Aiding the Cause or Enabling Performative Activism?

CASE STUDY: The Instagram Infographic Industrial Complex

Case Study PDF | Additional Case Studies

As the Black Lives Matter protests erupted across the country in June 2020, Americans witnessed the power of social media as a tool for movement organization and communication. Especially in the context of the global COVID-19 pandemic, where many felt unsafe physically going outdoors to protest, showing support and solidarity online became a priority. Soon, a new method of posting infographic slideshows came to dominate Instagram; and not just for Black Lives Matter, but a wide array of injustices. From one Instagram story to the next, information about social problems was spread through minimalist slides with wide typefaces and bold colorful graphics, thereby transforming the platform from an apolitical one into one that prioritizes digital activism.

One of the most popular accounts for social justice content is @so.informed (previously known as “So You Want to Talk About”). This page regularly posts infographic slideshows about everything from updates on specific causes, like Breonna Taylor’s, to more general issues of social relevance, like “Characteristics of Fascism” or “Miscarriages.” While topics like these may seem jarring amongst the assortment of selfies and brunch photos available on Instagram, it is the page’s selection of font and colors that allow these posts to seamlessly blend into one’s timeline. In an interview with Vox, Jess (the creator of So Informed) explained:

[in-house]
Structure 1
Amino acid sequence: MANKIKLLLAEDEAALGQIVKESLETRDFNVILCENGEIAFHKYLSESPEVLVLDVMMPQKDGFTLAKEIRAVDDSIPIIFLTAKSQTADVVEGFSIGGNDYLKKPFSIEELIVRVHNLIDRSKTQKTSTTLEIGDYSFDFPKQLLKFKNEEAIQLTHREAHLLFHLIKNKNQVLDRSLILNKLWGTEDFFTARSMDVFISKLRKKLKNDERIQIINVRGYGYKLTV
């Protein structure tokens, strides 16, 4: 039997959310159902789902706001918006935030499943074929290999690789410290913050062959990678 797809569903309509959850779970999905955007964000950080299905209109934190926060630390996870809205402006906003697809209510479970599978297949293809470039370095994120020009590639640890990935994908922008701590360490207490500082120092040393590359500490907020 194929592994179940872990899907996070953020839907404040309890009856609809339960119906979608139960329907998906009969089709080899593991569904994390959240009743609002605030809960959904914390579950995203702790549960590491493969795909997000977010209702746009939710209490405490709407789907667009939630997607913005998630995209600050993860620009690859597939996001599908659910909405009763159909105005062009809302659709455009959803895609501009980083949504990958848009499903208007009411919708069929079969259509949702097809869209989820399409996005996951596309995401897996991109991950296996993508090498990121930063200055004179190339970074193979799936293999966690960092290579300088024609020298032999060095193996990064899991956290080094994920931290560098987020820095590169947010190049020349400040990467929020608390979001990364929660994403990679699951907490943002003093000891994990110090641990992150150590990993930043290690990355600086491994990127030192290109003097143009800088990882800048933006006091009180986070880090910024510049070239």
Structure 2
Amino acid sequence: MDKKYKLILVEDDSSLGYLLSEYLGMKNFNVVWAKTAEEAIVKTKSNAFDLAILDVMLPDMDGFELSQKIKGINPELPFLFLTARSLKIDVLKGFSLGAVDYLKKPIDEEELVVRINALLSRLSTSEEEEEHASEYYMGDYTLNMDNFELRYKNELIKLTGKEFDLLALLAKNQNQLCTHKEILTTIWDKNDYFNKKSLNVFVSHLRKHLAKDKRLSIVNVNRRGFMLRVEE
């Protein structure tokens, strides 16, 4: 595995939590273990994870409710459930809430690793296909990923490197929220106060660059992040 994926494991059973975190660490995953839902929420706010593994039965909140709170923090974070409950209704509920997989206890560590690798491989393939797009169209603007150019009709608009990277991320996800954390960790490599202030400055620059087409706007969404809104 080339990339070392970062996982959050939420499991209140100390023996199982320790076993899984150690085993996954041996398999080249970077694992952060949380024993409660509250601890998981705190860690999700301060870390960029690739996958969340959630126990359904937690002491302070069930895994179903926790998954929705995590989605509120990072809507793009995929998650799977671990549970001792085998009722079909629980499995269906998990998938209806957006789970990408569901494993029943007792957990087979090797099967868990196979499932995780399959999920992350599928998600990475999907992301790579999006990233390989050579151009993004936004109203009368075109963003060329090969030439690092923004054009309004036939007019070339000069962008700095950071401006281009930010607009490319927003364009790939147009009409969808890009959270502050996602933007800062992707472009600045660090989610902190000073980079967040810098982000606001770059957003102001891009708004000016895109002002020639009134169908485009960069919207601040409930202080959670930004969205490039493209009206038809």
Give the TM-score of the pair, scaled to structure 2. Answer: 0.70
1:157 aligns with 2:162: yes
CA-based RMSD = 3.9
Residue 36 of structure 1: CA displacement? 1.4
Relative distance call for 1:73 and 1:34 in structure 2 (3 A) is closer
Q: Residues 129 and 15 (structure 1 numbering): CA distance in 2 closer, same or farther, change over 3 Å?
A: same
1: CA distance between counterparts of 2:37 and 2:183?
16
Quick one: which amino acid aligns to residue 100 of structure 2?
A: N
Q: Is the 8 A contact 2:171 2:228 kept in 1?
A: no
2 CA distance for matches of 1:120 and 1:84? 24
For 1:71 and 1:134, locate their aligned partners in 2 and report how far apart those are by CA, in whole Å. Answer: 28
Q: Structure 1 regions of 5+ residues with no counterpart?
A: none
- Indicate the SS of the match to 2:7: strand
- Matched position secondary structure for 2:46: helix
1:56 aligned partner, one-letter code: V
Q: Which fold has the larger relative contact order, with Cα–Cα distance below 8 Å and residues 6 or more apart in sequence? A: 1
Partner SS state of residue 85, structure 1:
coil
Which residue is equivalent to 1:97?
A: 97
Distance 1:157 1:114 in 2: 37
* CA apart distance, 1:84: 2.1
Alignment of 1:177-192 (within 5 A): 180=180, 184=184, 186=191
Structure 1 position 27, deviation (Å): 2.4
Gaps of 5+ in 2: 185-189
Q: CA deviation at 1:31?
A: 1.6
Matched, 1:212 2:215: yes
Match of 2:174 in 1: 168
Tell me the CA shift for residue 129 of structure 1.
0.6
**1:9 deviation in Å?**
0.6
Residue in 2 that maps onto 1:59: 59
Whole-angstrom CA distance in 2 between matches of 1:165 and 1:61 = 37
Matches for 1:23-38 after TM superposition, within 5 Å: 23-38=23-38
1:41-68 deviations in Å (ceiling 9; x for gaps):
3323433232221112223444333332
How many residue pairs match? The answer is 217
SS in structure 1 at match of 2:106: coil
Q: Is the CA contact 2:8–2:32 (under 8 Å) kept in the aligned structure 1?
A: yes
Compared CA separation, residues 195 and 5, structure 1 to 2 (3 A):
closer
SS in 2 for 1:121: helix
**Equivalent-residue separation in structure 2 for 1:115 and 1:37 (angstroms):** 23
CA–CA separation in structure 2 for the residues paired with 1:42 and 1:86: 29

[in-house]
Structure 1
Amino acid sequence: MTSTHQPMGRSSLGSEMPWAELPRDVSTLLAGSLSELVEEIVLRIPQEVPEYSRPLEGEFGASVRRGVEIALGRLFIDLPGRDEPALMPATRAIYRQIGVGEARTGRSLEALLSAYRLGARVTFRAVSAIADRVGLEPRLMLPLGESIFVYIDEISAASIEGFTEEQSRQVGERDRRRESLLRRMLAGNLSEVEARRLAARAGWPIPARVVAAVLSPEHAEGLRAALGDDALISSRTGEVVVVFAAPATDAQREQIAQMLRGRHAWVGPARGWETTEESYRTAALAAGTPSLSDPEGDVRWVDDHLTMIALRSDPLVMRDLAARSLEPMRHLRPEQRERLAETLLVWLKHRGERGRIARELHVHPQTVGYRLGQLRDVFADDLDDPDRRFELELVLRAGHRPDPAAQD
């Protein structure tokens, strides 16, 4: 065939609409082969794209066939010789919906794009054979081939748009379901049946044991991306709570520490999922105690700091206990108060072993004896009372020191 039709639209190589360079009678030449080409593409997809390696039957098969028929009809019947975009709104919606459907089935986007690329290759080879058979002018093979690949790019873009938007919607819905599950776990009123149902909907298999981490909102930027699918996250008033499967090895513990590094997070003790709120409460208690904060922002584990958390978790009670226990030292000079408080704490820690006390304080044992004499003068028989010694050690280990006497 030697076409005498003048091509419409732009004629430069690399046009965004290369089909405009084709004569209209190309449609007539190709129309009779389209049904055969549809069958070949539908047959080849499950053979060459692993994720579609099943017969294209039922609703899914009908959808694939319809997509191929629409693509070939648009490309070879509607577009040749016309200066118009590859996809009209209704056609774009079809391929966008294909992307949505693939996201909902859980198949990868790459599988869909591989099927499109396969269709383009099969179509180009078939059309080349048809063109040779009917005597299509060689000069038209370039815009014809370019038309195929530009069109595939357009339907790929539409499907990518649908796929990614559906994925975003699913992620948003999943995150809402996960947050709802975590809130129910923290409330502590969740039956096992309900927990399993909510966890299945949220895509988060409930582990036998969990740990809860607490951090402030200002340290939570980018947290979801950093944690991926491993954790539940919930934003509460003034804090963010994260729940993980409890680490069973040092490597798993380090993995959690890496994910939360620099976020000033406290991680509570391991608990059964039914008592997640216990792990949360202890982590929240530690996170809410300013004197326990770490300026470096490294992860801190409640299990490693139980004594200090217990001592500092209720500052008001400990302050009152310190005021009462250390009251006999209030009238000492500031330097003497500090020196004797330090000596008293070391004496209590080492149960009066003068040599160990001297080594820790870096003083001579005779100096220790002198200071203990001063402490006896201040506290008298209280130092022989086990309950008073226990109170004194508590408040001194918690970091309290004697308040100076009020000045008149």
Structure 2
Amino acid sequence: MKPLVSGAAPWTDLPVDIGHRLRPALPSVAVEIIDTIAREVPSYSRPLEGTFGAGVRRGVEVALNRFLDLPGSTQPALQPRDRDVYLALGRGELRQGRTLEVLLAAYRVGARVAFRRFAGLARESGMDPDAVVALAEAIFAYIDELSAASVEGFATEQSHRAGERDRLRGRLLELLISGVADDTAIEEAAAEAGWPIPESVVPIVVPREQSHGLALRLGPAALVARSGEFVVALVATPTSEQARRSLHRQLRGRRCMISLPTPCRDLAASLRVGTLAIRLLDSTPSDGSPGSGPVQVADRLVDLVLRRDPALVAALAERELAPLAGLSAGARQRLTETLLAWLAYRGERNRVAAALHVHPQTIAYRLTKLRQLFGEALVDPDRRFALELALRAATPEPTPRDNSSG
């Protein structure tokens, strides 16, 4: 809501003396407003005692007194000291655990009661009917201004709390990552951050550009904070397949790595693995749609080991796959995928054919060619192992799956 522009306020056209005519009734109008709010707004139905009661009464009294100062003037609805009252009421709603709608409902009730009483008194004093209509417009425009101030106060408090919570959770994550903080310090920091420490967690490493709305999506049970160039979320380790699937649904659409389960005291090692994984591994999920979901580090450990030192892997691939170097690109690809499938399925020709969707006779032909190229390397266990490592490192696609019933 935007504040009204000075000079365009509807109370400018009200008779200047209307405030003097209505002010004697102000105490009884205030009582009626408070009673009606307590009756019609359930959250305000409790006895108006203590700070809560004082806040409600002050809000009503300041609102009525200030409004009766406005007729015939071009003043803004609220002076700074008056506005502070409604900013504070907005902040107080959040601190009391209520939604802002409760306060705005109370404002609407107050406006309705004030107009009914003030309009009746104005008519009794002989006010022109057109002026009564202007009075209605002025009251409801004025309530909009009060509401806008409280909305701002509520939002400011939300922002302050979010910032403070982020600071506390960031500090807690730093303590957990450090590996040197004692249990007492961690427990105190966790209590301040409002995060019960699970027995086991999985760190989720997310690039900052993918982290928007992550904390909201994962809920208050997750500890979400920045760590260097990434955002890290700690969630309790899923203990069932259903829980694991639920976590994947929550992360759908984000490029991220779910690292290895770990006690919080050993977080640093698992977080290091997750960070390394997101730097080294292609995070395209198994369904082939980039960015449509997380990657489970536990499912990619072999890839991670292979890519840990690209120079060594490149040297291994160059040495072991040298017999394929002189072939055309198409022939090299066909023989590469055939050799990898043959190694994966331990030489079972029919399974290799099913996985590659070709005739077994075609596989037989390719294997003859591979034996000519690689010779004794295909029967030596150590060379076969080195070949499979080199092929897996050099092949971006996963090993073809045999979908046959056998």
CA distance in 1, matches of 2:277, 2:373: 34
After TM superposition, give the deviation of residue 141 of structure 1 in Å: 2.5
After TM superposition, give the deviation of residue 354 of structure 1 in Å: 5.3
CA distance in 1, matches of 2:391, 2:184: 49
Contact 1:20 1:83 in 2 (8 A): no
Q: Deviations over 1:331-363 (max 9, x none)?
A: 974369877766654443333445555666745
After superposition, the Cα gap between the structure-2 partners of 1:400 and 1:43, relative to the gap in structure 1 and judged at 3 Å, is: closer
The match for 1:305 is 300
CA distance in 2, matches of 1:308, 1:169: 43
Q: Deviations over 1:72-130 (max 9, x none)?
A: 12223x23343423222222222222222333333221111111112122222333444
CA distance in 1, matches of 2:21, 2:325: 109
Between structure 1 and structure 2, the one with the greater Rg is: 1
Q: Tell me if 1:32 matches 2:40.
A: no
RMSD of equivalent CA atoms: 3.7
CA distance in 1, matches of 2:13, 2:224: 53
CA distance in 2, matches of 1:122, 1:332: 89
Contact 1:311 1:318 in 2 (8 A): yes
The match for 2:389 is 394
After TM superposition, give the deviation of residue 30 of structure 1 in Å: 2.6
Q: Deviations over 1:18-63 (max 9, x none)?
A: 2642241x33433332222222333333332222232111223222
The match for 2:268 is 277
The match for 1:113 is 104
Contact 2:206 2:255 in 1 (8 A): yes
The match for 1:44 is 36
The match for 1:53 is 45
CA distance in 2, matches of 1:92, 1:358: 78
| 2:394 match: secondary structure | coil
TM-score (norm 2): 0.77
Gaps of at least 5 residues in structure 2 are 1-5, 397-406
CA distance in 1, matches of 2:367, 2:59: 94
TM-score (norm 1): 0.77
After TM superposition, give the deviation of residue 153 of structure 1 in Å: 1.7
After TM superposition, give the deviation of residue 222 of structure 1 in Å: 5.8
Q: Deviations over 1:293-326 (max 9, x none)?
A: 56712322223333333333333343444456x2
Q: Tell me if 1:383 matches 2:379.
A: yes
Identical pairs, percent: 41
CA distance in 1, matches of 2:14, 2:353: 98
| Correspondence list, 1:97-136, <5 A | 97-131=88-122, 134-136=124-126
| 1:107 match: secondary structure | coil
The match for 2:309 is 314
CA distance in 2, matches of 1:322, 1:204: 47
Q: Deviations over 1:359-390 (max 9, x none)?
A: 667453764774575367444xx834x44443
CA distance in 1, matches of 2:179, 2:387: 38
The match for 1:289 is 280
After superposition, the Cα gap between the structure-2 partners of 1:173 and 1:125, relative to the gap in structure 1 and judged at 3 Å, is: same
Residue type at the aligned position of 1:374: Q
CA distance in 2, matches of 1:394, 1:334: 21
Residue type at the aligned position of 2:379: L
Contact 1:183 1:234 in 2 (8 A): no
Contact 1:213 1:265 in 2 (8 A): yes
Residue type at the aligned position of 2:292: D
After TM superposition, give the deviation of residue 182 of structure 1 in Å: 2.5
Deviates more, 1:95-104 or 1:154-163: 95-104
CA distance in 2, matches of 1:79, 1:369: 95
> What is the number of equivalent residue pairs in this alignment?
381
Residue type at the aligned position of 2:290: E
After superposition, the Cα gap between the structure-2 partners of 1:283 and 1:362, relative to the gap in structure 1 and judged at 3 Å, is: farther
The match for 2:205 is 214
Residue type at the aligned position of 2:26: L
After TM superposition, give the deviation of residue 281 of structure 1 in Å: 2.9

I’m trying to appeal to the apolitical people, the ones who’d rather stay out of it and enjoy, like, mimosa pictures. I’m also trying to reach women my age, millennials who aren’t participating in the conversation because they don’t know where to start (Nguyen, 2020).

In this way, some see the infographic phenomenon as a positive addition to Instagram by bringing attention to numerous issues that might have otherwise gone unacknowledged. Because the aesthetics and incorporation of popular design elements such as floral details or line art make these heavy topics more approachable and attention-grabbing, they serve as an excellent entry point for apolitical or unaware users to become more concerned about complex social problems. Most importantly, because many infographics also include links to donation websites, templates for emailing representatives, and petitions to sign, the posts are not only educational, but provide ways for individuals to tangibly contribute to social change.

However, while some view this trend as a gateway for thoughtful activism, others are not convinced. Perhaps just as abundant as the eye-catching infographics that have flooded Instagram is the term “performative activism” – which refers to a disingenuous form of advocacy “that is done to increase one’s social capital rather than because of one’s devotion to a cause” (Ashe, 2020). One way this happens is when social media users re-post infographics (sometimes, without even reading them) to appear “woke” online when, in reality, they expend little effort to make lifestyle changes that could result in actual aid to a movement. Despite the goal to provide the digital sphere with social justice education, the popularity that these infographics have garnered is viewed by some as counterproductive.